Davendra P. S. Sohal, MD, MPH
Assistant Professor of Medicine, Lerner College of Medicine
Director, Clinical Genomics Program
Cleveland Clinic Cancer Center
Precision oncology, the use of somatic genomic profiling to select therapies targeting molecular alterations specific to a person’s tumor, holds the promise of improving outcomes in cancer. It is a relatively new approach, made possible thanks to twin, largely synchronous advances in oncology: the widespread availability of rapid and reliable tumor sequencing, and the approval of multiple targeted therapies for clinical use.
Yet although precision oncology has promise, as proven by the study described in this article, its success hinges on the availability of clinical trials of targeted therapies.
Impact on Outcomes Established
We are just now beginning to see good, prospective real-world precision oncology data to guide clinical decisions. The first major report was from a prospective clinical study on lung cancer, where tumors were sequenced for 10 common alterations, with targeted therapies available for off-label or on-trial use for most alterations.1
The study enrolled more than 1500 patients; full genotyping was feasible in about half (n = 733, 48%). Among all enrolled patients, an actionable target was found in 466 (30%) cases, and 275 (18%) received a targeted therapy.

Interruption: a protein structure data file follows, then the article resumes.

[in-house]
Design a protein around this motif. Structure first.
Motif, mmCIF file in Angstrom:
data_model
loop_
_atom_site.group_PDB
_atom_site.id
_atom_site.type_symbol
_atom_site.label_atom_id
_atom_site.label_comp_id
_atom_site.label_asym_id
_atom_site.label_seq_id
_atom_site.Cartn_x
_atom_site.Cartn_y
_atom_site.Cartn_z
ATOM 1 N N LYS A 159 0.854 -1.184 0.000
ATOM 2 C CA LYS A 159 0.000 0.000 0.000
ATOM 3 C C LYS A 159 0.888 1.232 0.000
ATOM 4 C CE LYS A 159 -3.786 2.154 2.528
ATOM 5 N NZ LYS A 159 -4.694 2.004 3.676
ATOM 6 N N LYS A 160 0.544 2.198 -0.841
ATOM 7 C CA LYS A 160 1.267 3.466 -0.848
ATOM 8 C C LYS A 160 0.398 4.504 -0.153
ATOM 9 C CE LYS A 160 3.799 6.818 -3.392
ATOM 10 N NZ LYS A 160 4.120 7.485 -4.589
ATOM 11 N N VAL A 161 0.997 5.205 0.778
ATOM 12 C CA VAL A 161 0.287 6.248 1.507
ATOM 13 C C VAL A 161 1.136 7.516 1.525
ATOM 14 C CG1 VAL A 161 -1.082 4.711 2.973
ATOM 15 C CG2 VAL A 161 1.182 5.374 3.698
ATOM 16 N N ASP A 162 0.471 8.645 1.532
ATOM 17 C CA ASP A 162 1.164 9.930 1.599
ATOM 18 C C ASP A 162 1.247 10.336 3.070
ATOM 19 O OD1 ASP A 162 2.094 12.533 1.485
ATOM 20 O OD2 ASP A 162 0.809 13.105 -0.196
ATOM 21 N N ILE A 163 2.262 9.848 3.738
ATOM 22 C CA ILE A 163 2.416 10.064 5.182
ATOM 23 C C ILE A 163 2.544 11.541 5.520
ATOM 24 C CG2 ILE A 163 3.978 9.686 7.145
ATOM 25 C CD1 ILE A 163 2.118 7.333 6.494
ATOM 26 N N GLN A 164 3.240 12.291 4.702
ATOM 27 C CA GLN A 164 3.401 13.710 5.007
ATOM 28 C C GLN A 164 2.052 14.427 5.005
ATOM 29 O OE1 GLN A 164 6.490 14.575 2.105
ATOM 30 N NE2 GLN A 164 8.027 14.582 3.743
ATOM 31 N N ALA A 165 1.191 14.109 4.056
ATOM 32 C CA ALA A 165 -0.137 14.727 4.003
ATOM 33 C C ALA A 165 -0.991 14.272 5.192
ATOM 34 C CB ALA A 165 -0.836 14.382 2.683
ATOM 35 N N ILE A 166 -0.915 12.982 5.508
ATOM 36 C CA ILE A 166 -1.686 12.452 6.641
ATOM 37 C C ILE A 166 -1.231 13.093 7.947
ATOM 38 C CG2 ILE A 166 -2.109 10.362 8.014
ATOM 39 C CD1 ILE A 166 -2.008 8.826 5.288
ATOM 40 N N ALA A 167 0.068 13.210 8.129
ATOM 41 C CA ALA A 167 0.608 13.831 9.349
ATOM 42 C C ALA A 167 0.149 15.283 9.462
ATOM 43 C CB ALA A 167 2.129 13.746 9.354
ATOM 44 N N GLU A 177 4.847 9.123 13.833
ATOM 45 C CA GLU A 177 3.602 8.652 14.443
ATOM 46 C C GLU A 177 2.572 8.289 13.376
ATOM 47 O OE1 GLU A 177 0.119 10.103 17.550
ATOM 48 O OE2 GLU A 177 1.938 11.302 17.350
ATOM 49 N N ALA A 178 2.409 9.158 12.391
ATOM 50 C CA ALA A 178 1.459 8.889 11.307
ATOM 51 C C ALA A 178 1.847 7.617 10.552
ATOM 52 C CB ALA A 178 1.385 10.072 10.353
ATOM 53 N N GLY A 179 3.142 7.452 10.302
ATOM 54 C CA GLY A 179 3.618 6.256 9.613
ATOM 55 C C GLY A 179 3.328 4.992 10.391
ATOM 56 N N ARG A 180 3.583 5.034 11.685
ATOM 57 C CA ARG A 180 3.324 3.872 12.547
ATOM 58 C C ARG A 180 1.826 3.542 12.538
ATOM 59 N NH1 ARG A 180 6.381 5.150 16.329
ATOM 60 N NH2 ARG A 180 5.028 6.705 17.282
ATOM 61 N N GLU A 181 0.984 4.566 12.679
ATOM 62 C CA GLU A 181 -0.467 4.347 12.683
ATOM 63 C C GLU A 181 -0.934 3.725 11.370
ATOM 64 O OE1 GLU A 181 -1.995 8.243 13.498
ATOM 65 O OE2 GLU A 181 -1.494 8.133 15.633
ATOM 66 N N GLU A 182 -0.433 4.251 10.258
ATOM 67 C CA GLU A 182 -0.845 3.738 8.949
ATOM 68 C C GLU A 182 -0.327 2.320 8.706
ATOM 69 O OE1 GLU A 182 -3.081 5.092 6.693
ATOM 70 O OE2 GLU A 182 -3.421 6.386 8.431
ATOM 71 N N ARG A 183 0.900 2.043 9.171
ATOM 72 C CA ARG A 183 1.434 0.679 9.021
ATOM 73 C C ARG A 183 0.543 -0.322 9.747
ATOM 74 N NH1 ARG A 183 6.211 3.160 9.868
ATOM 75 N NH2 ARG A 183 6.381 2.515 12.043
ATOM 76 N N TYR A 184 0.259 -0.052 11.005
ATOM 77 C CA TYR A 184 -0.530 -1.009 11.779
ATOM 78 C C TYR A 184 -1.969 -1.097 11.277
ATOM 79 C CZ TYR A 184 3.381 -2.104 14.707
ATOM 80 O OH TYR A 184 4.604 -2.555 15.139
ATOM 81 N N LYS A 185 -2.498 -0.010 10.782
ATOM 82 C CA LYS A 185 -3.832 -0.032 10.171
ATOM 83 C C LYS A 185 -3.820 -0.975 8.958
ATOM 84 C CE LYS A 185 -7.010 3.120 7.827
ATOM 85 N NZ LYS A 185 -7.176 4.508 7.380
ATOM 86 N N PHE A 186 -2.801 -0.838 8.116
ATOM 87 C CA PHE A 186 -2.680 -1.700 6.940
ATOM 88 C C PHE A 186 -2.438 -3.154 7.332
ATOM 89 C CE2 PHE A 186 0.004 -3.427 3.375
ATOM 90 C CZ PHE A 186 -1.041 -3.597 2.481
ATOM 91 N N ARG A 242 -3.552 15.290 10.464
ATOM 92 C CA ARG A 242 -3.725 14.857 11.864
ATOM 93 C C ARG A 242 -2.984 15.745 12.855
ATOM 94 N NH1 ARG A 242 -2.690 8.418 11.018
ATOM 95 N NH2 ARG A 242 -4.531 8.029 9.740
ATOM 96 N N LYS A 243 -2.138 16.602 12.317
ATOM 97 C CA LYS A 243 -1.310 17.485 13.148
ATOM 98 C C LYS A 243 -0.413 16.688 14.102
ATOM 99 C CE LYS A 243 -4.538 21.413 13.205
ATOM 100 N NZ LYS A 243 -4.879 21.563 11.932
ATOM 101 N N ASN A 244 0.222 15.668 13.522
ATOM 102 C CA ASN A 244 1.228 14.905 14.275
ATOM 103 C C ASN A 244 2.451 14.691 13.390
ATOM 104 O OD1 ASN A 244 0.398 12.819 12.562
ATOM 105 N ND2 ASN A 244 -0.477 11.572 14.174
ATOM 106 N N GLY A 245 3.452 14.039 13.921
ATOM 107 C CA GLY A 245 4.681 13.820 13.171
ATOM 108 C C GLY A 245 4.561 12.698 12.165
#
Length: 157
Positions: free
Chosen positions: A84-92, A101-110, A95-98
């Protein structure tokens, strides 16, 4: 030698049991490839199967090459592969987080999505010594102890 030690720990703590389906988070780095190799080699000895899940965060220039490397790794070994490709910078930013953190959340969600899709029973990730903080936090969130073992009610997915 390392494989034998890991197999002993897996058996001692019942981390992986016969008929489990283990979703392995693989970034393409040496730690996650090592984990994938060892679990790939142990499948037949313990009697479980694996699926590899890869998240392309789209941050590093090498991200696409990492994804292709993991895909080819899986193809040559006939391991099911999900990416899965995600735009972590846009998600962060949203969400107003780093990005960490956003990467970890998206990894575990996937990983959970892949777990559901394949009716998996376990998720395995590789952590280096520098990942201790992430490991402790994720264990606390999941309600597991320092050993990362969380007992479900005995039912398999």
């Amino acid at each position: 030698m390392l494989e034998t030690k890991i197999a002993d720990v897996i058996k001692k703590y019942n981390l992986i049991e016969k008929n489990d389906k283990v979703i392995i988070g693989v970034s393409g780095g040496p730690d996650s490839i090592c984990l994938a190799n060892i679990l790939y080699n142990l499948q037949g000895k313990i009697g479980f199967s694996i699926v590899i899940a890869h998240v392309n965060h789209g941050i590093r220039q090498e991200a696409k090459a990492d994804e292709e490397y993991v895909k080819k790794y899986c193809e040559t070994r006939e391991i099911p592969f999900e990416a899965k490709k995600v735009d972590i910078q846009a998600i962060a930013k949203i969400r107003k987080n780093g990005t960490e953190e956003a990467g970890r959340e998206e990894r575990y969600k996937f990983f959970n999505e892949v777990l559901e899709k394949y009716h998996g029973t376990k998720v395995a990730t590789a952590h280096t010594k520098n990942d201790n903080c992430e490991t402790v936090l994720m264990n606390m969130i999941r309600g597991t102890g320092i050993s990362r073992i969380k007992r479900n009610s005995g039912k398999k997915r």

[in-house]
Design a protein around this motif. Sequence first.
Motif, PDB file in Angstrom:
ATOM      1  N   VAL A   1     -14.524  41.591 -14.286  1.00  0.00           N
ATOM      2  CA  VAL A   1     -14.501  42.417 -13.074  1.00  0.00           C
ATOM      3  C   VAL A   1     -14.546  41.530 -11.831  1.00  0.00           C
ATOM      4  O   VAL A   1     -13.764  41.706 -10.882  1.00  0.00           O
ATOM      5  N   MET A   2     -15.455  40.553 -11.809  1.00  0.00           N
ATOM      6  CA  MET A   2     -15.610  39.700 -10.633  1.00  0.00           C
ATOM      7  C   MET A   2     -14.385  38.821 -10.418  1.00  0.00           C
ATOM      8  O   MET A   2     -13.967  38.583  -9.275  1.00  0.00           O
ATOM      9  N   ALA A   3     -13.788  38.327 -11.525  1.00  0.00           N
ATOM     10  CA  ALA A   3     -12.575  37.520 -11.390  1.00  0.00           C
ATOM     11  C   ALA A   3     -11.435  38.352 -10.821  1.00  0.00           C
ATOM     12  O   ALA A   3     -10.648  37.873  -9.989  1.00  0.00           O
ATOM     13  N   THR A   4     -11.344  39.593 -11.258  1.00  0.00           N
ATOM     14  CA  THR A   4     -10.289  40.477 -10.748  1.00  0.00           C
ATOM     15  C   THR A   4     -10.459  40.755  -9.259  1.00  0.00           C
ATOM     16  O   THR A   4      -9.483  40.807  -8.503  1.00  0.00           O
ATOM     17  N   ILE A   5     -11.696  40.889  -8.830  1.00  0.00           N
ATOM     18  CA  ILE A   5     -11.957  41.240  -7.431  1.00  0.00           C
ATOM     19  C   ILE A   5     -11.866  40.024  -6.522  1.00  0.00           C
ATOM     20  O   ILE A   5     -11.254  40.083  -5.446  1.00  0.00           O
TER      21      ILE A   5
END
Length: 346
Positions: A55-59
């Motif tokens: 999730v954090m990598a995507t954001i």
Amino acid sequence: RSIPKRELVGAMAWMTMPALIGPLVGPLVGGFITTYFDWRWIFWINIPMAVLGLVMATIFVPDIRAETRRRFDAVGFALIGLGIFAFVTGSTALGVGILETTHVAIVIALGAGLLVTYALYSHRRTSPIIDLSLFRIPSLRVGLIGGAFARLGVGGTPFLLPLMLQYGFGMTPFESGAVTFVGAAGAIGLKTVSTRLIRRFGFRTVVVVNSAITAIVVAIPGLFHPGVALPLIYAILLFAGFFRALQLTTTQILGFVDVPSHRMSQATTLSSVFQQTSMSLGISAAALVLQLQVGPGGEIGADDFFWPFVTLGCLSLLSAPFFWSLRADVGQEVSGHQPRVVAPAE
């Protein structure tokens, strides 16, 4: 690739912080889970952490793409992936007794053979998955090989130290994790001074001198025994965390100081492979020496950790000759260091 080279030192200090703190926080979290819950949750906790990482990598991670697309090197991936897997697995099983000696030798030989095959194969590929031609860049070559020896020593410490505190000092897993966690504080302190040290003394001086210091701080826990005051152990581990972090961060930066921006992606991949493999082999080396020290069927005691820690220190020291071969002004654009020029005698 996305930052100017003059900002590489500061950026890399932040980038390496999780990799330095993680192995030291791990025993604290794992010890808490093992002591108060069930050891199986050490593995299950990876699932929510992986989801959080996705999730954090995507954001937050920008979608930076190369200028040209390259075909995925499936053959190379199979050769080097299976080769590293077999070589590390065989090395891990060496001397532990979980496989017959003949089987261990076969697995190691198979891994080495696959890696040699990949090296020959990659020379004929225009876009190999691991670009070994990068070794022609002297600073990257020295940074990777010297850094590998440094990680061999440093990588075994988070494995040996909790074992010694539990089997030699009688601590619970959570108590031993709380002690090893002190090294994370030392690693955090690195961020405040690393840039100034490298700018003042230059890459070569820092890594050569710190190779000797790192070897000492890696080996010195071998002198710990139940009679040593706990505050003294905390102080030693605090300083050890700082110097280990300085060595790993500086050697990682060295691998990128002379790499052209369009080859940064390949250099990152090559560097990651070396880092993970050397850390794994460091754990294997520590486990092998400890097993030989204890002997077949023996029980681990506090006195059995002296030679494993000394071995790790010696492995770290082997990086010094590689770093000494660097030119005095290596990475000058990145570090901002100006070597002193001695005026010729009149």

The key finding of this study was that when an actionable alteration was not detected, or a drug targeting a detected actionable alteration was not given (irrespective of reason), the median overall survival (OS) was 2.1 to 2.4 years. However, when a drug targeting a detected actionable alteration was given, the median OS was 3.5 years (P
This study highlighted that precision oncology can indeed improve clinical outcomes. Nonetheless, the proportion of patients benefiting was not high, despite the use of a small panel of highly actionable alterations, with off-label drugs made available to most patients with such alterations in their tumors. A similar report in breast cancer enrolled 423 patients but required fresh biopsies.2
Sequencing was feasible in about 70% of cases, and showed that 195 (46%) specimens had actionable alterations. Only 43 (~10%) patients received a therapy, however.
Cleveland Clinic Study
To evaluate the role of precision oncology across multiple solid tumors using a large next-generation sequencing panel, and with no up-front provision of targeted therapies—the exact situation that most oncologists find themselves in in day-to-day practice—we conducted a prospective study at the Cleveland Clinic.3
Eligibility criteria were simple: adult patients with advanced solid tumors without a known curative therapy, and an ECOG performance score of 0-2. After written informed consent, archival FFPE samples were sequenced using the FoundationOne assay. Results were reviewed at a weekly genomics tumor board including clinical and translational oncologists from various disease specialties.
Recommendations for the use of therapies targeting potentially actionable alterations, including on-label, off-label, or on-study use, were made. The treating oncologists were notified of the recommendations and followed patients for clinical decisions and outcomes.
In 2013 and 2014, we enrolled 250 patients. There were 15 tumor types, with the most common diagnoses being colorectal (25%), breast (18%), and lung (13%) cancers. Samples were shipped within a median of 7 days from informed consent, and results were available within a median of 19 days—a total turnaround time of 26 days from informed consent.
Tumor sequencing was feasible in 223 (89%) cases. The genomics tumor board review identified a potentially actionable alteration in 141 (63%) cases, and a specific therapeutic recommendation was made in 109 (49%) cases.